Tuesday, January 3, 2012
Vision To Visuals: Culture Club
A nightlife hot spot uses artistic fashion photography to set the tone
Of all experiences in New York City that can make a newcomer feel like an instant New Yorker, spending an evening in one of the city's famed nightclubs has to be among the top five. In the '80s and the '90s, clubs like Studio 54, Roxy, Limelight, Palladium and Webster Hall gained a cult status among the uninitiated in New York. That was a time when you could walk into a club after paying a cover charge and not have to wait in long lines behind velvet ropes, hoping to talk the bouncer into letting you in. Each club had a distinct identity with different music. Today, it seems New York has more clubs than ever, yet it's hard to distinguish them from one other, with the music and ambience almost replicating each other. Instead of unique destinations, the clubs have just become white-label-type venues, which are visited by nightlife party crowds that simply look to follow trends when choosing their clubs rather than selecting them based on a distinct appeal. In this competitive culture, club owners must find a way to keep a loyal customer base while offering the most edgy, trendy and memorable experiences.
Alex Mitchell, designer and partner of the new club Rokk City, identified a niche that needed to be filled in the club culture of New York. Mitchell realized that the new crop of clubgoers is ready for experiences that aren't simply about dancing all night. He wanted to create a gallery setting and throw nightlife energy into it. Tired of the "same old music" being mixed in some form or another at various clubs around the city, Mitchell created Rokk City a unique club in which people can dance to the rhythms of rock and roll or come in and hear live music on certain nights throughout the week. Eager to create an experience for his visitors that was not only aural but also visual, Mitchell knew that creating a rock-and-roll club doesn't start and stop at just the music. Immersing his audiences fully into the spirit and form of rock and roll throughout the experience of the club was very important. It was in photographer Steven Lyon's work that Mitchell found the perfect marriage of ambience and imagery as the club's raison d'être and created entertainment in a space defined by art.
Mitchell discovered Lyon's images at Duggal when he came to look for ideas on how we would design the club. He knew he wanted visuals to create a unique experience for the place, but didn't know what those images would look like. He wanted sensuality and edginess. We had the perfect photographer for him in Lyon, a fashion and fine-art photographer who has just relocated from Paris and whose images had the sex appeal of club pictures Mitchell was looking for. He was immediately sold on Lyon, who's known for taking cinematic photographs on film. He might just be the last photographer standing who's working in the field of fashion and still doing film. For a Soup magazine shoot, Lyon captures a model in Cuba in character. The role she plays is of a heroine caught behind the scenes of a movie set. The sultry layered imagery of his shots evokes the cinematography of Federico Fellini.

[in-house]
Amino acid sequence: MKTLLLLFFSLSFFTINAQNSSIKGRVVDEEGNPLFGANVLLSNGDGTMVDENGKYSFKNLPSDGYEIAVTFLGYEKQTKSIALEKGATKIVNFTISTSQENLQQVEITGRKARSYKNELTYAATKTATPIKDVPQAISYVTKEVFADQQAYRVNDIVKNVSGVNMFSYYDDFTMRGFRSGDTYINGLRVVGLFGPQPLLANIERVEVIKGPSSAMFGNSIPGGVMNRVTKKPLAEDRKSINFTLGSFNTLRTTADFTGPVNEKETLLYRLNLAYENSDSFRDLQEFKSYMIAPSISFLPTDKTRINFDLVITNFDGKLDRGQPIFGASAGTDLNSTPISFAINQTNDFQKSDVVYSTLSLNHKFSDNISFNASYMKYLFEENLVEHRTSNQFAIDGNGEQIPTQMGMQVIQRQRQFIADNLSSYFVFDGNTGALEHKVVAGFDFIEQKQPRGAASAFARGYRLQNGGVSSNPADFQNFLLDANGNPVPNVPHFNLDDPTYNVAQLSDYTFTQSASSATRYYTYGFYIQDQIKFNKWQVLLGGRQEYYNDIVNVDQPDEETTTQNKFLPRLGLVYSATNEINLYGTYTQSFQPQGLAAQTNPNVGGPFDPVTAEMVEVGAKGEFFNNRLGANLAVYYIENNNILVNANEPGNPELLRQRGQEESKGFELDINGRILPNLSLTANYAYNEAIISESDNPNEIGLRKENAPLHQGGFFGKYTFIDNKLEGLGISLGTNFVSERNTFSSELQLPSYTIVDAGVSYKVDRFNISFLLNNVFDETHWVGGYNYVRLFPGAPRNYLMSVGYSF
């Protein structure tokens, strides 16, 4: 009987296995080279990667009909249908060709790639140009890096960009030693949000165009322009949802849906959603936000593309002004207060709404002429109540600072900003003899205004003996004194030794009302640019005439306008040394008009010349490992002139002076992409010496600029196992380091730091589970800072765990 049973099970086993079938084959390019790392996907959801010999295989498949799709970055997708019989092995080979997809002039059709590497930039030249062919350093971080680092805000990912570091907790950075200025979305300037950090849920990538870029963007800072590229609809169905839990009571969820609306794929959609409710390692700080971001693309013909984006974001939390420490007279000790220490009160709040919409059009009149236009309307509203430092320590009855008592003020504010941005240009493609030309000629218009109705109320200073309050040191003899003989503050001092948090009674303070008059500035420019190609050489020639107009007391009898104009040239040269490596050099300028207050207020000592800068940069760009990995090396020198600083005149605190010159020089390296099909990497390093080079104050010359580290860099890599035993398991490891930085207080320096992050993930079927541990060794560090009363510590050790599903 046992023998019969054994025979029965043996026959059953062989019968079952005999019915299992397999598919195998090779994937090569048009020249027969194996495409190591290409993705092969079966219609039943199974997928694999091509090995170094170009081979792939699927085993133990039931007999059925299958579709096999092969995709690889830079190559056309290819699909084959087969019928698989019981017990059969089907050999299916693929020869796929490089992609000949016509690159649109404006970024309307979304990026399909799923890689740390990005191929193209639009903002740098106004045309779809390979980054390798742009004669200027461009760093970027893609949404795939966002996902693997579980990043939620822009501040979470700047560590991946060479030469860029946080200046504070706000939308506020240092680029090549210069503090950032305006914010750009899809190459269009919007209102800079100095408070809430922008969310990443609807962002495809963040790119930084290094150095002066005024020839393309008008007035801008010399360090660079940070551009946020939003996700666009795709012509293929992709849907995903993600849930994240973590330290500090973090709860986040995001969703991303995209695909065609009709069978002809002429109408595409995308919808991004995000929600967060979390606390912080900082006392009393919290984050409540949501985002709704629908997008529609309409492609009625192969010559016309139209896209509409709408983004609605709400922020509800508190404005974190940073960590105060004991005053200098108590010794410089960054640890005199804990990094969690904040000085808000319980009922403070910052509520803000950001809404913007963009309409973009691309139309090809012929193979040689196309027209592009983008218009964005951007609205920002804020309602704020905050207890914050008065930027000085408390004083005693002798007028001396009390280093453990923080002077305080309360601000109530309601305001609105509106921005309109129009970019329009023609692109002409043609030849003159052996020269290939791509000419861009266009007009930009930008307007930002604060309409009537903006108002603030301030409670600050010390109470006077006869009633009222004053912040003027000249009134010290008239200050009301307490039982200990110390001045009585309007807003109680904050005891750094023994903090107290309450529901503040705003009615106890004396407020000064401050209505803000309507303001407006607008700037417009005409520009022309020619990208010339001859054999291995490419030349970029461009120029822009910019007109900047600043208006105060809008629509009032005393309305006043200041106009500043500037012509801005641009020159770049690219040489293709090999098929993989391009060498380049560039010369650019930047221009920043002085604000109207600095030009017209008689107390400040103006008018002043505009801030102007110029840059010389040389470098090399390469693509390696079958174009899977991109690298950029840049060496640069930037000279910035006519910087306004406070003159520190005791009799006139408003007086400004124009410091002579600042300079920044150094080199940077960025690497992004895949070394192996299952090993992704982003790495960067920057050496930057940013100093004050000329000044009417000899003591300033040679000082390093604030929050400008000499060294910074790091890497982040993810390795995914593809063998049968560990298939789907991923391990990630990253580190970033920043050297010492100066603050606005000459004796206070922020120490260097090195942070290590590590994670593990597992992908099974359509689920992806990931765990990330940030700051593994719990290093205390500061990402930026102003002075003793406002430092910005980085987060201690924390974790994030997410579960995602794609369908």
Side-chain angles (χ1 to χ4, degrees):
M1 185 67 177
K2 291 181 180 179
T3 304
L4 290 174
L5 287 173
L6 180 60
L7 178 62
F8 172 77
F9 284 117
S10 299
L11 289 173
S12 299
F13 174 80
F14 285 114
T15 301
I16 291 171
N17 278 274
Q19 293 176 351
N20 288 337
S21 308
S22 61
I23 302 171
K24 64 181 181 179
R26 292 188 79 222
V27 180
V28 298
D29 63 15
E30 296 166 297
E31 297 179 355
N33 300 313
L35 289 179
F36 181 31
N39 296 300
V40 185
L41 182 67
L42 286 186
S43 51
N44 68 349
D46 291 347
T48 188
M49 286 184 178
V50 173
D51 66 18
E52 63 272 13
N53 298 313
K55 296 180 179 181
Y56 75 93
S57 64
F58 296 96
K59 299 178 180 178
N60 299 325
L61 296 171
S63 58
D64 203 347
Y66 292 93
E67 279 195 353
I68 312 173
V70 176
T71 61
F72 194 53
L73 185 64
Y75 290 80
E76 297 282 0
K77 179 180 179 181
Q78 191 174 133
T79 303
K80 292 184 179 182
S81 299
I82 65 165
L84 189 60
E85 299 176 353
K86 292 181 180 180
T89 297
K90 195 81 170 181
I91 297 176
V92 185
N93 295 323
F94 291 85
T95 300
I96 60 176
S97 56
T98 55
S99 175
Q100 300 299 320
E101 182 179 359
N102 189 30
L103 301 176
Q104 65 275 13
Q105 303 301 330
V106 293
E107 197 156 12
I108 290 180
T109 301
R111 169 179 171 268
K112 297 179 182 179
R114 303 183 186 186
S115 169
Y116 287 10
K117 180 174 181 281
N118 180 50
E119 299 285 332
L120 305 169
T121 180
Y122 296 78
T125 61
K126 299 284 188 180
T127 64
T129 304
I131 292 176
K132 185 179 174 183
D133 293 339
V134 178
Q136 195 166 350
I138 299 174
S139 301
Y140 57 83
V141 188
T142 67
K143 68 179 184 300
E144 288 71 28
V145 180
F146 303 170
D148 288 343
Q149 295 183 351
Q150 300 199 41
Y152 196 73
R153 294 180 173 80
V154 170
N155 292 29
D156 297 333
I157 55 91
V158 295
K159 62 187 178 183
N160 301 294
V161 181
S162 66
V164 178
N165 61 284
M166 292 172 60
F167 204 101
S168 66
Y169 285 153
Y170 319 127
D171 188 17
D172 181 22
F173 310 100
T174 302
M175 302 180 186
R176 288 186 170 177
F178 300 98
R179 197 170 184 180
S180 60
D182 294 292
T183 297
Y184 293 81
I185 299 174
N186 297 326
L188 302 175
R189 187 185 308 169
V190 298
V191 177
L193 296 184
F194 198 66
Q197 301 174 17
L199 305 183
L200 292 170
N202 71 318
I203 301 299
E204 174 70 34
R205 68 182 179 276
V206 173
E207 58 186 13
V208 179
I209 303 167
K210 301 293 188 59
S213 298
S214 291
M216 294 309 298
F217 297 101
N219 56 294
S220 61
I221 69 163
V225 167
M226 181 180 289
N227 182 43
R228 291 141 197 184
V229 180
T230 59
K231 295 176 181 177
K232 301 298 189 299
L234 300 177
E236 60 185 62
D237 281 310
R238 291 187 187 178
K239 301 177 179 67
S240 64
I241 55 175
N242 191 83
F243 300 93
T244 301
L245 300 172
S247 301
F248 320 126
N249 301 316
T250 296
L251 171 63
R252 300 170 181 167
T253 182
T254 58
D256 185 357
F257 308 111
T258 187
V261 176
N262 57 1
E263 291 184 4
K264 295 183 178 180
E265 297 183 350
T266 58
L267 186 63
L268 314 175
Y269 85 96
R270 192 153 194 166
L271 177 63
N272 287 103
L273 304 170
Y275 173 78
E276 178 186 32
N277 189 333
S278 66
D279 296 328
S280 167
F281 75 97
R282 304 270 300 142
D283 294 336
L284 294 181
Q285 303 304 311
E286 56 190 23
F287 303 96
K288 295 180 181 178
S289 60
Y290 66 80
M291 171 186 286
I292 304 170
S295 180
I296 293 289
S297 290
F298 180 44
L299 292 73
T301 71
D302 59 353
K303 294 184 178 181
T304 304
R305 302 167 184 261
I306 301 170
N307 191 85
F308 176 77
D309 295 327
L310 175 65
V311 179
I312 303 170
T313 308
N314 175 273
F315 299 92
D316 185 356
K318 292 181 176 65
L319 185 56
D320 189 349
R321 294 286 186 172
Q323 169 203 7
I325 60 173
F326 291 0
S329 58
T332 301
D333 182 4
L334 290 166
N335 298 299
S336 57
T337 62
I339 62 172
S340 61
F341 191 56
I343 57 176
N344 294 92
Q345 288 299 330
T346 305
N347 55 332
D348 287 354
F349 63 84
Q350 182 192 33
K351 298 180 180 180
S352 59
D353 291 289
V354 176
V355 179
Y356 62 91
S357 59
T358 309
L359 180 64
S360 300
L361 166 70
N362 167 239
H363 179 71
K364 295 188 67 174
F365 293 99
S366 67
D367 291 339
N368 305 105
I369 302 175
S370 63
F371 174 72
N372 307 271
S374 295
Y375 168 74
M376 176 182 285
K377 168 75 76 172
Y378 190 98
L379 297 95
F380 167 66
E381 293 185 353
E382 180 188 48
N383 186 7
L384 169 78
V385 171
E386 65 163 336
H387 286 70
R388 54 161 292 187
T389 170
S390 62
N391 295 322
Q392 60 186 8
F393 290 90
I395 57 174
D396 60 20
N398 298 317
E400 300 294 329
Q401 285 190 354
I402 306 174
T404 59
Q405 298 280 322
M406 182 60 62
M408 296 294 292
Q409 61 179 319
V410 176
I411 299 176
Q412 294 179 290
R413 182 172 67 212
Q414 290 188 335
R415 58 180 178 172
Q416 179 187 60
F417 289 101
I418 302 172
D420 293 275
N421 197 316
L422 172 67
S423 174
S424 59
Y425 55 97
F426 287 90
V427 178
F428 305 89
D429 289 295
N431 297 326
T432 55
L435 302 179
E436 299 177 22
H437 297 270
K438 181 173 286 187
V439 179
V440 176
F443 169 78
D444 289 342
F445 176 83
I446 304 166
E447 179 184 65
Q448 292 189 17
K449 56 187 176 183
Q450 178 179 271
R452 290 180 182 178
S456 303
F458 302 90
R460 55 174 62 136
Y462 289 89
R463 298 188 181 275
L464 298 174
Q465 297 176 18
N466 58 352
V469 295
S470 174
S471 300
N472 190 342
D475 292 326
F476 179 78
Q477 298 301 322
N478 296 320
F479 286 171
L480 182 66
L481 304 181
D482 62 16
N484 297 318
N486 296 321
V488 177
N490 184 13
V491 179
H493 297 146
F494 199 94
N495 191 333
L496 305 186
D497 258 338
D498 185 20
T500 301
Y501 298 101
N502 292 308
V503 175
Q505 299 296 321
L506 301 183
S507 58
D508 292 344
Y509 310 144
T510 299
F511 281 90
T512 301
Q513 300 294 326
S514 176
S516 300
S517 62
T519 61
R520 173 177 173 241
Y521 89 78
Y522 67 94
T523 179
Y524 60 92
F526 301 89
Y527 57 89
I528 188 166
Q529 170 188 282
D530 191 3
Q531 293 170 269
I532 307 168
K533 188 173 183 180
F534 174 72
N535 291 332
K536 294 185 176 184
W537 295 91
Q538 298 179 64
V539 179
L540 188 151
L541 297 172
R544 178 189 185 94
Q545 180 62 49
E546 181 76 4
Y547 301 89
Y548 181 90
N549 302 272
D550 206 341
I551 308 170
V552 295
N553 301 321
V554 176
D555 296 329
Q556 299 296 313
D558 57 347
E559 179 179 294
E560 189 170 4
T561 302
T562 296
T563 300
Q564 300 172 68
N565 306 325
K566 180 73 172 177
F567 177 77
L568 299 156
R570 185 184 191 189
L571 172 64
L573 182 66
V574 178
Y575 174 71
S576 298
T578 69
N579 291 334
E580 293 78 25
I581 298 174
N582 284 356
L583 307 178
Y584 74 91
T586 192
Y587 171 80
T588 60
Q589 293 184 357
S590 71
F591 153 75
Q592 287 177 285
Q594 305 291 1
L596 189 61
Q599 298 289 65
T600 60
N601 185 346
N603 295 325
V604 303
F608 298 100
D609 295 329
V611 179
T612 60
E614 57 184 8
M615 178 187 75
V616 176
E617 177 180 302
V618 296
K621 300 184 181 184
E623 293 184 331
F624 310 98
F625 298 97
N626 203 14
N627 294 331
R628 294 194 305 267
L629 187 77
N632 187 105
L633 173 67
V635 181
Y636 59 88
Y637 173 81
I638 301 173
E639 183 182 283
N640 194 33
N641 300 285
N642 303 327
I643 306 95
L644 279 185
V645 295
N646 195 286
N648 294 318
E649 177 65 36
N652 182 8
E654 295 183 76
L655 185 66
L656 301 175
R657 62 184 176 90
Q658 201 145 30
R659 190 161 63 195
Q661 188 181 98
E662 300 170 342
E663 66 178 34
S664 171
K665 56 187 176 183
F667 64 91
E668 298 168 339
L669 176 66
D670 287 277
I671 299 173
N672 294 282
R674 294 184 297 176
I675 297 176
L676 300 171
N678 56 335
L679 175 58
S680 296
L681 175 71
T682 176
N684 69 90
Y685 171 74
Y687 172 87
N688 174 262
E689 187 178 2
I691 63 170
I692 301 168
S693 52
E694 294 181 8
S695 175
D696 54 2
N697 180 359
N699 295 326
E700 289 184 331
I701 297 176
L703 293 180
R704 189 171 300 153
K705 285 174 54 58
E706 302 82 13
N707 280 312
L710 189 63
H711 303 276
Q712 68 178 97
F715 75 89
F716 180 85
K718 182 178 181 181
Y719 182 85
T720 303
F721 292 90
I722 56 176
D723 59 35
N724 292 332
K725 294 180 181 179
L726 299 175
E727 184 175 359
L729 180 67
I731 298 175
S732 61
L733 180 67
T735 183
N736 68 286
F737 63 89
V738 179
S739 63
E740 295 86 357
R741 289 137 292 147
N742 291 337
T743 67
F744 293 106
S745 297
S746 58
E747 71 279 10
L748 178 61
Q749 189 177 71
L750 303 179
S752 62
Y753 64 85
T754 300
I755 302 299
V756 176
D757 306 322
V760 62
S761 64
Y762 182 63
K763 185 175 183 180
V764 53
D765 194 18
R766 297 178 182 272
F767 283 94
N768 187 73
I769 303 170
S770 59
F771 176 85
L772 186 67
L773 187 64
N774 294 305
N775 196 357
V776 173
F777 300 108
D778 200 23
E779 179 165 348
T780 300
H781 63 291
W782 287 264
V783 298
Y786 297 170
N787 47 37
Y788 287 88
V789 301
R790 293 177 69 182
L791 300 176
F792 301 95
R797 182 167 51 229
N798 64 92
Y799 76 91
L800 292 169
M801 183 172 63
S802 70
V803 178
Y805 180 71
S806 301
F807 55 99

While almost everyone switches to digital, Lyon firmly believes that there's a realism lost in the digital technology of the imagery. A lover of the old-school cinematic style, Lyon says, "When I edit my work, I choose imagery that one may tear out of a magazine and put it on their fridge. The way it used to be." He takes his medium- and large-format cameras on location to selectively capture each moment painstakingly, unlike the rapid fire of a 10 fps digital camera followed by editing. However, even a film photographer like Lyon is willing to give in to the technical superiority of the digital printing process for the final output. Mitchell chose a specific series of eight pictures Lyon had in his archives that he agreed to loan out for the exhibit around the boutique rock club. Each one of the images was then printed at Duggal as Digital C prints—adhered behind plexiglass and sandwiched with black Sintra.
"The venue's inspiration is a culmination of my personal love of rock and roll and my love of sexy, high-end fashion photography. Raw, sexy, tasteful and artistic fashion shots—Steven Lyon's lighting, angles and model selection are truly incredible, to say the least," says Mitchell, adding that through these images he wanted to create a "shock value. The images evoke a certain sensuality for the clientele that I want infused into their entire experience of the night." And, indeed, since the launch of the club less than a month ago, it's already being called the bright new spot for nightlife in the city.
For more than 20 years, the Duggal headquarters was located within a stone's throw of Limelight, the famous New York nightclub. Now converted into a retail boutique, the exquisite architecture of the club drew thousands in a single evening. Before the owners got rid of the building, they had approached us to partner with them. I remember walking around the beautiful structure during the day and wishing I could make it into a tremendous art gallery. I'm glad to see finally that a nightclub owner like Mitchell realizes the enormous potential of photography to enhance the sensory experiences of clubgoers. Only by creating completely immersive experiences will club owners be able to return the club culture to its glory days and transcend the average experience of a clubgoers' evening into an artistic one. As we move toward a more rarified world of curated experiences, the launch of boutique clubs like Rokk City as hybrid gallery/club destinations is a trend I'm excited to see photography become a part of.
For more information on Duggal, visit www.duggal.com or check out the new blog at www.duggal.com/connect and see their newest articles on the printing, photography and fine-art industries.